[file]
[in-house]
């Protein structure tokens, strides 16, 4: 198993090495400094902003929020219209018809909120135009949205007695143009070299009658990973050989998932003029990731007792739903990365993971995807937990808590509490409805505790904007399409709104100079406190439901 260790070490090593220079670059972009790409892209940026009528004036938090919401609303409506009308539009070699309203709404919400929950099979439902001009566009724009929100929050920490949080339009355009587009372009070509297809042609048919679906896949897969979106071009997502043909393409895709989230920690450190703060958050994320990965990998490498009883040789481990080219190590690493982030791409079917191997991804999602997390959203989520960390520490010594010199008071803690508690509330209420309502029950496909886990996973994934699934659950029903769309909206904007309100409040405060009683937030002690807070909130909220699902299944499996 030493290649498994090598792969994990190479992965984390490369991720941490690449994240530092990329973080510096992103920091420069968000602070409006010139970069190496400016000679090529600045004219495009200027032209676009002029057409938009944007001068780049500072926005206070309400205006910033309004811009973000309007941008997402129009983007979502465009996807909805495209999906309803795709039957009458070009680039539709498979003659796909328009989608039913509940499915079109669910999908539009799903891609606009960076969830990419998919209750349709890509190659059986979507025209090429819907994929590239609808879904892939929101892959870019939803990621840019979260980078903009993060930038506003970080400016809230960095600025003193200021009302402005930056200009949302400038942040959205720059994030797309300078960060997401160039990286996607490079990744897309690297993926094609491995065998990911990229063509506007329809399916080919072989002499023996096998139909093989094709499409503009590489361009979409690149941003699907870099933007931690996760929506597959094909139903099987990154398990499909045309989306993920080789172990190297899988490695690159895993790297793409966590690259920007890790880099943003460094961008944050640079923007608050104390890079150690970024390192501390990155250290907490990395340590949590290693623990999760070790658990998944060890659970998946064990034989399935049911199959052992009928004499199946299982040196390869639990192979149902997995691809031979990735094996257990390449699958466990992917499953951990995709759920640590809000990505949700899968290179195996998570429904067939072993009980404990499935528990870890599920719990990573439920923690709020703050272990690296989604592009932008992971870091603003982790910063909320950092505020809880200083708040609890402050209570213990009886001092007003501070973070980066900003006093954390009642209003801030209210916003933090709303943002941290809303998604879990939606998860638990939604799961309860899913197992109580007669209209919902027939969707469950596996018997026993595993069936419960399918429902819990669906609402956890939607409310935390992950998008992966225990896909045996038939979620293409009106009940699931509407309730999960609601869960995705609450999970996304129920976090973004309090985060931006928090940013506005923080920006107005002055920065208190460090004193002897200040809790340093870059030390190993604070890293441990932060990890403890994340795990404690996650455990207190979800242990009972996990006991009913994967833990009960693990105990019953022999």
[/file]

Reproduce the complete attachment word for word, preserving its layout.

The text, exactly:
[in-house]
């Protein structure tokens, strides 16, 4: 198993090495400094902003929020219209018809909120135009949205007695143009070299009658990973050989998932003029990731007792739903990365993971995807937990808590509490409805505790904007399409709104100079406190439901 260790070490090593220079670059972009790409892209940026009528004036938090919401609303409506009308539009070699309203709404919400929950099979439902001009566009724009929100929050920490949080339009355009587009372009070509297809042609048919679906896949897969979106071009997502043909393409895709989230920690450190703060958050994320990965990998490498009883040789481990080219190590690493982030791409079917191997991804999602997390959203989520960390520490010594010199008071803690508690509330209420309502029950496909886990996973994934699934659950029903769309909206904007309100409040405060009683937030002690807070909130909220699902299944499996 030493290649498994090598792969994990190479992965984390490369991720941490690449994240530092990329973080510096992103920091420069968000602070409006010139970069190496400016000679090529600045004219495009200027032209676009002029057409938009944007001068780049500072926005206070309400205006910033309004811009973000309007941008997402129009983007979502465009996807909805495209999906309803795709039957009458070009680039539709498979003659796909328009989608039913509940499915079109669910999908539009799903891609606009960076969830990419998919209750349709890509190659059986979507025209090429819907994929590239609808879904892939929101892959870019939803990621840019979260980078903009993060930038506003970080400016809230960095600025003193200021009302402005930056200009949302400038942040959205720059994030797309300078960060997401160039990286996607490079990744897309690297993926094609491995065998990911990229063509506007329809399916080919072989002499023996096998139909093989094709499409503009590489361009979409690149941003699907870099933007931690996760929506597959094909139903099987990154398990499909045309989306993920080789172990190297899988490695690159895993790297793409966590690259920007890790880099943003460094961008944050640079923007608050104390890079150690970024390192501390990155250290907490990395340590949590290693623990999760070790658990998944060890659970998946064990034989399935049911199959052992009928004499199946299982040196390869639990192979149902997995691809031979990735094996257990390449699958466990992917499953951990995709759920640590809000990505949700899968290179195996998570429904067939072993009980404990499935528990870890599920719990990573439920923690709020703050272990690296989604592009932008992971870091603003982790910063909320950092505020809880200083708040609890402050209570213990009886001092007003501070973070980066900003006093954390009642209003801030209210916003933090709303943002941290809303998604879990939606998860638990939604799961309860899913197992109580007669209209919902027939969707469950596996018997026993595993069936419960399918429902819990669906609402956890939607409310935390992950998008992966225990896909045996038939979620293409009106009940699931509407309730999960609601869960995705609450999970996304129920976090973004309090985060931006928090940013506005923080920006107005002055920065208190460090004193002897200040809790340093870059030390190993604070890293441990932060990890403890994340795990404690996650455990207190979800242990009972996990006991009913994967833990009960693990105990019953022999």